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Friday, August 04, 2017

Detroit

In July 1967, the city of Detroit was gripped by one of the deadliest riots in American history.  Called "The 12th Street Riot", it stemmed mostly from the brutality of a largely white police force toward the African American community.  When the riots had ended after five days, 43 people were dead, and millions in property damage was reported.  In the middle of the riots, a tense situation occurred within the Algiers Motel, where police intensely interrogated a group of young people, leading to three deaths, and an eventual trial that gripped the nation.

Kathryn Bigelow's Detroit takes a look at the events leading up to the riots, and the courtroom drama that it eventually inspired.  But it's main focus comes during the lengthy mid-section of the film, where we see a detailed yet admittedly dramatized (there is a disclaimer included at the end which states some license had been taken) of what presumably occurred within the Algiers Motel.  This sequence is easily as terrifying and as gripping as anything Bigelow has done, even reaching the levels to her best film so far, 2009's The Hurt Locker.  The only thing somewhat holding it back from greatness is the somewhat disorganized script by Mark Boal (Zero Dark Thirty), which at times jumps around the narrative a bit too freely, and doesn't have a strong central character we can get behind.  I understand the film is trying to look at this situation from multiple angles, but at times, it seemed a bit haphazard in its approach.

None of this, however, takes away the intensity of the film's entire middle section, which is set within the Algiers Motel.  When law enforcement groups (local cops, a security officer, and national guard) believe they are being fired upon from the motel’s vicinity, they raid the place. Not long after, one person is dead and nine others – seven black men and two white women – are being terrorized by three racist cops (played by Will Poulter, Jack Reynor, and Ben O’Toole). When physical intimidation fails to get the cops the information they want (the name of the gunman), they begin a psychological "game" that goes horribly wrong.  Detroit is unflinching in its depiction of cruelty and racism, making it hard to watch at times.  What makes it all the more emotionally devastating is that while we know we are watching an ugly moment in history, it eerily brings to mind recent events as well.  This is a story that could have happened at any point in recent history, and it would seem sadly plausible.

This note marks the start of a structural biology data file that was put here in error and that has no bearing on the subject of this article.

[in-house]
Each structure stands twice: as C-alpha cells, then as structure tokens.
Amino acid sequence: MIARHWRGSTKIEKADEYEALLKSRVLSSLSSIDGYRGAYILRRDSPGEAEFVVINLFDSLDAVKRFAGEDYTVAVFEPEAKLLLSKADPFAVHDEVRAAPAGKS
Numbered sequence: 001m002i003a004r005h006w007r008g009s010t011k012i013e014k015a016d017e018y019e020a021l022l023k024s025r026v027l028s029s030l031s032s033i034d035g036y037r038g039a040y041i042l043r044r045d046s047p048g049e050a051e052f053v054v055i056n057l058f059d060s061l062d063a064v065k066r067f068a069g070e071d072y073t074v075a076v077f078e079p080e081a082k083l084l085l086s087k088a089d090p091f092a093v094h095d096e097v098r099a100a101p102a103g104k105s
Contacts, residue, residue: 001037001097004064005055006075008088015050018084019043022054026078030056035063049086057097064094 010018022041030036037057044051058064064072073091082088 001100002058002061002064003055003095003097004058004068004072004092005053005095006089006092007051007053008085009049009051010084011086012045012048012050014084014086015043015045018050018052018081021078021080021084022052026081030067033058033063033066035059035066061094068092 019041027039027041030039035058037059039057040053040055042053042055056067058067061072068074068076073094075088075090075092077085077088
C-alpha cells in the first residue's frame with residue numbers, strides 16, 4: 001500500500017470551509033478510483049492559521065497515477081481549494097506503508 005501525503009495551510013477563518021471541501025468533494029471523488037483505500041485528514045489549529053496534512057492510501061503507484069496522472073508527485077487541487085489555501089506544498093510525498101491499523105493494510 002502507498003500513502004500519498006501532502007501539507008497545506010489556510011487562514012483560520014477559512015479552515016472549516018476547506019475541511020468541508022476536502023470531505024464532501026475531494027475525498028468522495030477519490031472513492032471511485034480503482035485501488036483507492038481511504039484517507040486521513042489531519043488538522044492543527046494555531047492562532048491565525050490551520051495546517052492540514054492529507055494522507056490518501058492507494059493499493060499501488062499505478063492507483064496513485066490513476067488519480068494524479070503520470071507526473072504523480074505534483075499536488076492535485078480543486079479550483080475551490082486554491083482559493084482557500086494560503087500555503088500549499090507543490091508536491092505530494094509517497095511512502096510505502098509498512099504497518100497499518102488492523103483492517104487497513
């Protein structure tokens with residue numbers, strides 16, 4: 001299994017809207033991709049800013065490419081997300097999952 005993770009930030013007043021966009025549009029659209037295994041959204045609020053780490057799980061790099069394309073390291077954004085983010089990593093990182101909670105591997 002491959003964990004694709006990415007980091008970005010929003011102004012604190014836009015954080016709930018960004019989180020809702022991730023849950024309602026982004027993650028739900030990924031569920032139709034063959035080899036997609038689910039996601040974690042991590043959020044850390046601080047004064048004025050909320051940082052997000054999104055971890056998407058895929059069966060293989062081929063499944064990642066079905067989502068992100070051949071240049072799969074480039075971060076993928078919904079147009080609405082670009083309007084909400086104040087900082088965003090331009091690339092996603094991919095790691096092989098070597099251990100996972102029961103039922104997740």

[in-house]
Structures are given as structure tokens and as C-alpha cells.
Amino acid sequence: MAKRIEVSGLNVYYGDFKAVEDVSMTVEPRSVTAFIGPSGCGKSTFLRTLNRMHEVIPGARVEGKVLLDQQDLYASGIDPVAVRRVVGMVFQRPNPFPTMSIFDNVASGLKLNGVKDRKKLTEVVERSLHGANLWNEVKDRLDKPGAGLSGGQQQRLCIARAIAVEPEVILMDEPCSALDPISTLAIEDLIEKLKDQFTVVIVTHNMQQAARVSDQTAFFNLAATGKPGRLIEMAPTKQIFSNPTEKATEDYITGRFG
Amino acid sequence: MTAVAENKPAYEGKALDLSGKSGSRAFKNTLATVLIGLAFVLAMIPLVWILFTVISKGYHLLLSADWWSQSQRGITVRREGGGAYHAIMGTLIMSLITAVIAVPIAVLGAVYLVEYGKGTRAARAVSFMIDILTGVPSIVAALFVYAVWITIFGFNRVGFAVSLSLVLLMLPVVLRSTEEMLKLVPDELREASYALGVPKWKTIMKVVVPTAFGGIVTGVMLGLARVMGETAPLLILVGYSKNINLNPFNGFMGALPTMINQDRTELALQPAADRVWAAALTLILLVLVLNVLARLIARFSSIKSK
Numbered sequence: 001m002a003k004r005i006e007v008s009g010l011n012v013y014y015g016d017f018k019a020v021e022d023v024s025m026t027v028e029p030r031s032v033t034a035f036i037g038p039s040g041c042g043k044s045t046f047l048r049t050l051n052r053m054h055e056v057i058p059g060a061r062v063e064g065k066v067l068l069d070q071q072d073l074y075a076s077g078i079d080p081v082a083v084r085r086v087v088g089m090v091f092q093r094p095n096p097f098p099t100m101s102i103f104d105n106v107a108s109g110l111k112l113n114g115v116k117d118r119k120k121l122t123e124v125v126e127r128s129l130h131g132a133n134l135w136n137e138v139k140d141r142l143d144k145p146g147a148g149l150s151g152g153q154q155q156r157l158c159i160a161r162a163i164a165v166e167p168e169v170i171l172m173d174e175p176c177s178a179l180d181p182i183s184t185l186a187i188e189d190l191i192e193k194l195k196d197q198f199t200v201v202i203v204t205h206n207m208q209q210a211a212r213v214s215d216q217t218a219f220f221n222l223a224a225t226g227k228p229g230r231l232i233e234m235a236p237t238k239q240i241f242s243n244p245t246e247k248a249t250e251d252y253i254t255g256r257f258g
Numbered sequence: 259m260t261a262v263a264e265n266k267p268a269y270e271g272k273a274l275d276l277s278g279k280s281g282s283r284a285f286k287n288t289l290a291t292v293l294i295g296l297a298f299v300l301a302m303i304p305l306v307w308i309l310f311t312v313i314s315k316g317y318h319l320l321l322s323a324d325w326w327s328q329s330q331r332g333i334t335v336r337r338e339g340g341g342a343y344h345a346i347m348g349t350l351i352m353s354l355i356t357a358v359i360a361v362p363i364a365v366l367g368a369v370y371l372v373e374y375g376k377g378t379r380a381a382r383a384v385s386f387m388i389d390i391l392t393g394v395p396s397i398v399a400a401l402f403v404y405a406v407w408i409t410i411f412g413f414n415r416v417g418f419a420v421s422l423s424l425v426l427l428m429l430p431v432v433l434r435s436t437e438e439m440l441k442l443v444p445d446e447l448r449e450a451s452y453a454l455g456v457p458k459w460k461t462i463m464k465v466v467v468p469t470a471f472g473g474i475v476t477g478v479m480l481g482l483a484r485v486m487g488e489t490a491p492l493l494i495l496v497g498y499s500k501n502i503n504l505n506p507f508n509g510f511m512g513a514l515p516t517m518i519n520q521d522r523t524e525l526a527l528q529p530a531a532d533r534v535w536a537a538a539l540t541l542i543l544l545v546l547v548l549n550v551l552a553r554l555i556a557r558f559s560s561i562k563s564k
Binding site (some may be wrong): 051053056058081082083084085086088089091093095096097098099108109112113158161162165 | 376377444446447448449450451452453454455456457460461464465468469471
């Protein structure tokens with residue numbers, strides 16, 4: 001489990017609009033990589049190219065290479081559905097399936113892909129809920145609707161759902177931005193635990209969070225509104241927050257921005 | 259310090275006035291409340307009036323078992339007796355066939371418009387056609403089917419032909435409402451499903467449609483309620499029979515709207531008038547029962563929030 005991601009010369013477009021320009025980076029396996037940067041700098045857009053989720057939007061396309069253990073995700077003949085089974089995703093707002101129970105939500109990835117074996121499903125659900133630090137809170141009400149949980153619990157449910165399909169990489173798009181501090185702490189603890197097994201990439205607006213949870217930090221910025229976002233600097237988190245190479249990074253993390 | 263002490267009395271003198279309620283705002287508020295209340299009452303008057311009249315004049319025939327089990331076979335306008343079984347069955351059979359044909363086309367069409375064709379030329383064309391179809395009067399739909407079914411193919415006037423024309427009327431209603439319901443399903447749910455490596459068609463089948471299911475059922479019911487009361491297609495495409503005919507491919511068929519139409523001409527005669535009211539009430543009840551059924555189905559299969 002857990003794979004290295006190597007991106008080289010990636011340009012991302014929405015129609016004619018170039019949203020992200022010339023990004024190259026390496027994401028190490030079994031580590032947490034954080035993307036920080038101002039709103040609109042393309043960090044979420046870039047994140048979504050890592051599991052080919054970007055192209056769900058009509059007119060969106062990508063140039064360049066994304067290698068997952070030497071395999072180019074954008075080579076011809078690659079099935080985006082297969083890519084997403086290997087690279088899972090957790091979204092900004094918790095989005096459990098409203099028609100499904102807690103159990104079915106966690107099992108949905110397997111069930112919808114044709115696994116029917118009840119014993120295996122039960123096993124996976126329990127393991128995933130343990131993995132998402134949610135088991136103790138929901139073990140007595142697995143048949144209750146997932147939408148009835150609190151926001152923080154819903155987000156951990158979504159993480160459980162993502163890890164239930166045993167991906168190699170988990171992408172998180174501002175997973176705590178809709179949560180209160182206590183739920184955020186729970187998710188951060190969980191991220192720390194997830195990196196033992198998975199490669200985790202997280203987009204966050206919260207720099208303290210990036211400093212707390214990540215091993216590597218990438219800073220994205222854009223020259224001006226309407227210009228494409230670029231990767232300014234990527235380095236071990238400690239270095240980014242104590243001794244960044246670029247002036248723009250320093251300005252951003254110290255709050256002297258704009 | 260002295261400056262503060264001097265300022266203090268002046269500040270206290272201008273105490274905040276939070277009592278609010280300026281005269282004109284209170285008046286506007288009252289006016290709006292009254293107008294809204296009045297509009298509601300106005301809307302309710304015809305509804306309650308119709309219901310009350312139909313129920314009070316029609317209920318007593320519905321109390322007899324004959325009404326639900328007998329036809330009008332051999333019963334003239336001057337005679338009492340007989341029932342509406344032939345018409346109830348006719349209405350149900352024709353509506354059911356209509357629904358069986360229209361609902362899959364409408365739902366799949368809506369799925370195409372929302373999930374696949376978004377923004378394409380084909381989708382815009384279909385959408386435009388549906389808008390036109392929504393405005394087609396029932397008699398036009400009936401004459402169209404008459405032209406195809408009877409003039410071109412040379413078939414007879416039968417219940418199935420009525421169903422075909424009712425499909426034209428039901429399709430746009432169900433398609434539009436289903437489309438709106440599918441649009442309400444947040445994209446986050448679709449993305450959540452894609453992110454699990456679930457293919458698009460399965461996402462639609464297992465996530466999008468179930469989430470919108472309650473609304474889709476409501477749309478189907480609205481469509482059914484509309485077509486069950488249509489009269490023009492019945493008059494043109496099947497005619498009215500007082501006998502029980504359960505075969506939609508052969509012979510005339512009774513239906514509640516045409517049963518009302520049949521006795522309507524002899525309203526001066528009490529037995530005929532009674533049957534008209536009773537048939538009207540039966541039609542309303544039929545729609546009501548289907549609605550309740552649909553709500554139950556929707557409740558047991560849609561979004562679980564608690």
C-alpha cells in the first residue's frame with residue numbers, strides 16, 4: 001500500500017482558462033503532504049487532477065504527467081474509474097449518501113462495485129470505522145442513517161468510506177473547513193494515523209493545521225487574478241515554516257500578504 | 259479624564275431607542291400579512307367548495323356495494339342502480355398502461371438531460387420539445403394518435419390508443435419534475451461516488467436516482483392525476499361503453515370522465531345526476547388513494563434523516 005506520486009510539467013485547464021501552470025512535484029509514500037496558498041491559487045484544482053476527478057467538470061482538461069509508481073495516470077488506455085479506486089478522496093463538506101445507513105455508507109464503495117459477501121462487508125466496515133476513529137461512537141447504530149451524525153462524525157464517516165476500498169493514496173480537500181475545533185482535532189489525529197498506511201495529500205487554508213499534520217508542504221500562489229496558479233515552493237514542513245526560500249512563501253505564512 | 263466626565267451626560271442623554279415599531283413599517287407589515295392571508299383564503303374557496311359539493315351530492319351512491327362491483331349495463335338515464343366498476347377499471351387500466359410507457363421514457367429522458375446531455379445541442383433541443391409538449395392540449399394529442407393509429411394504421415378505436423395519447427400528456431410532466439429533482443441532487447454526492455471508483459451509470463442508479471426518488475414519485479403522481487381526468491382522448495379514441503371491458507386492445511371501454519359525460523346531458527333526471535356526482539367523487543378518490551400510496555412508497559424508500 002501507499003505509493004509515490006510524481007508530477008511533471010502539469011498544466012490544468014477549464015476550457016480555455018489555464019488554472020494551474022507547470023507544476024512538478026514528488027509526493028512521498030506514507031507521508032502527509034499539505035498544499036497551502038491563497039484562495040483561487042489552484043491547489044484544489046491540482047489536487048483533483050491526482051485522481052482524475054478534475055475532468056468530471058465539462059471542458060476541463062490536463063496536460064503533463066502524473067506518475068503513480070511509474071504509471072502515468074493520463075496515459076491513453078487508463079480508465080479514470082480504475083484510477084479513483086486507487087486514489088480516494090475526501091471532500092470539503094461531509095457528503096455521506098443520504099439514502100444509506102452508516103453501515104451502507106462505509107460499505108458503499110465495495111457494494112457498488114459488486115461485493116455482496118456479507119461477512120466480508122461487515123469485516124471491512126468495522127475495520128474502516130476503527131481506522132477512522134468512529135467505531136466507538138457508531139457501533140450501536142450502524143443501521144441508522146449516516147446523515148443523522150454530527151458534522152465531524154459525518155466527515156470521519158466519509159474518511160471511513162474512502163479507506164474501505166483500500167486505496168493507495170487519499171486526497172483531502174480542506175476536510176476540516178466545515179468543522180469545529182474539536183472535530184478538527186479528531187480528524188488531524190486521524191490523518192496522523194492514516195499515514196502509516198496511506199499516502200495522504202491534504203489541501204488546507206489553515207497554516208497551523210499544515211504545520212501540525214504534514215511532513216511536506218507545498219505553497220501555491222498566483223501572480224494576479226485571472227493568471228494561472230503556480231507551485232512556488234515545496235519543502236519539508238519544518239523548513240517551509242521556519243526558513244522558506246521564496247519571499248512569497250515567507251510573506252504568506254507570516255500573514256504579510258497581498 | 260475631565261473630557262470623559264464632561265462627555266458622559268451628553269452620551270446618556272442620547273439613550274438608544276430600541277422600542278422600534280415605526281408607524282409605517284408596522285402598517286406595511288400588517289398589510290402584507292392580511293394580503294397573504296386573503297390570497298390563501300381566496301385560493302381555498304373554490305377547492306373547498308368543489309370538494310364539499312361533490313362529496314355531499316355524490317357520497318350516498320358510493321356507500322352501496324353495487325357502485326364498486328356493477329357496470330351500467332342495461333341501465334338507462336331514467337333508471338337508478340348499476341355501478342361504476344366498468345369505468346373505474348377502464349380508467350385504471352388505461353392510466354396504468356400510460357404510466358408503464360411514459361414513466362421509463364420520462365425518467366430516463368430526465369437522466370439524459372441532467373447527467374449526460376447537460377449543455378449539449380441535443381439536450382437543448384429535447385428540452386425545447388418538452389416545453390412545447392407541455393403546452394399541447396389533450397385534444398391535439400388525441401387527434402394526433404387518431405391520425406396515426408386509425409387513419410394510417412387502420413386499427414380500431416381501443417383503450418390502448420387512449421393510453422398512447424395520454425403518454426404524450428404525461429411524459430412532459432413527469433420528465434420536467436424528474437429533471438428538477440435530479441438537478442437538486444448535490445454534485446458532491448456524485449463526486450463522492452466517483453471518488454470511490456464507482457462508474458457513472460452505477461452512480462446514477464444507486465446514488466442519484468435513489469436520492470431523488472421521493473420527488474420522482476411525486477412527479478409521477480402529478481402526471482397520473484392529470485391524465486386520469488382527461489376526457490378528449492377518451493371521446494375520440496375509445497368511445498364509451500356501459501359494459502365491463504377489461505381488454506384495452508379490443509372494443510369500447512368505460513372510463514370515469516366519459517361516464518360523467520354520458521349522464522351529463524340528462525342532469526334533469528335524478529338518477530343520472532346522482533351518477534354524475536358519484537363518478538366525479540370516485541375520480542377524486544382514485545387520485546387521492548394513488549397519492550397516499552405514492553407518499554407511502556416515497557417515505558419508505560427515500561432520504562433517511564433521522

The movie's scope is large, as it tries to look at this situation from multiple viewpoints.  If there is one person who could be considered a "main character", it would be a wannabe Motown singer named Cleveland Larry Reed (Algee Smith).  He and a close friend (Jacob Latimore) find themselves at the motel after Reed's big break at possible stardom is canceled by the riots going on outside.  There they meet two white women Juli Hysell (Hannah Murray) and Karen Malloy (Kaitlyn Dever), who will later find themselves persecuted by the cops just for the fact that they were with black men.  There is also a Vietnam Vet (Anthony Mackie), home on leave, who gets involved.  Also on hand is black security officer Melvin Dismukes (John Boyega), who does his best to try to rationalize the cruelty he is seeing by his fellow law enforcers, but finds it harder and harder during the course of the film.

Detroit creates an eerily plausible scenario of what happened in the motel, largely using research and eyewitness reports.  Again, parts have been dramatized, but the events up on the screen never seem melodramatic or overly staged.  However, this honesty and intensity of covering the middle section of the film does lead to one of its flaws, which is the courtroom scenes that come afterward are nowhere near as thrilling or as hard-hitting.  Regardless, this is a haunting movie.  If Bigelow's intention was to create a film that stays with the viewer long after the movie ends, she has succeeded fully.  There are images and scenes here that I will not likely forget anytime soon.  This will obviously be a polarizing movie with its audience, but I don't think anyone can deny that there are images here that will last in your mind.

The power of the film comes not from its historical accuracy, but from its accuracy of human nature and society.  Sadly, the events depicted are still happening, and most likely with more frequency than we would like to believe.  This movie is not just a powerful time capsule, but also a potent commentary on race relations, and how little sadly has changed over time.  It may not be a perfect film, but it is one that is impossible to forget.

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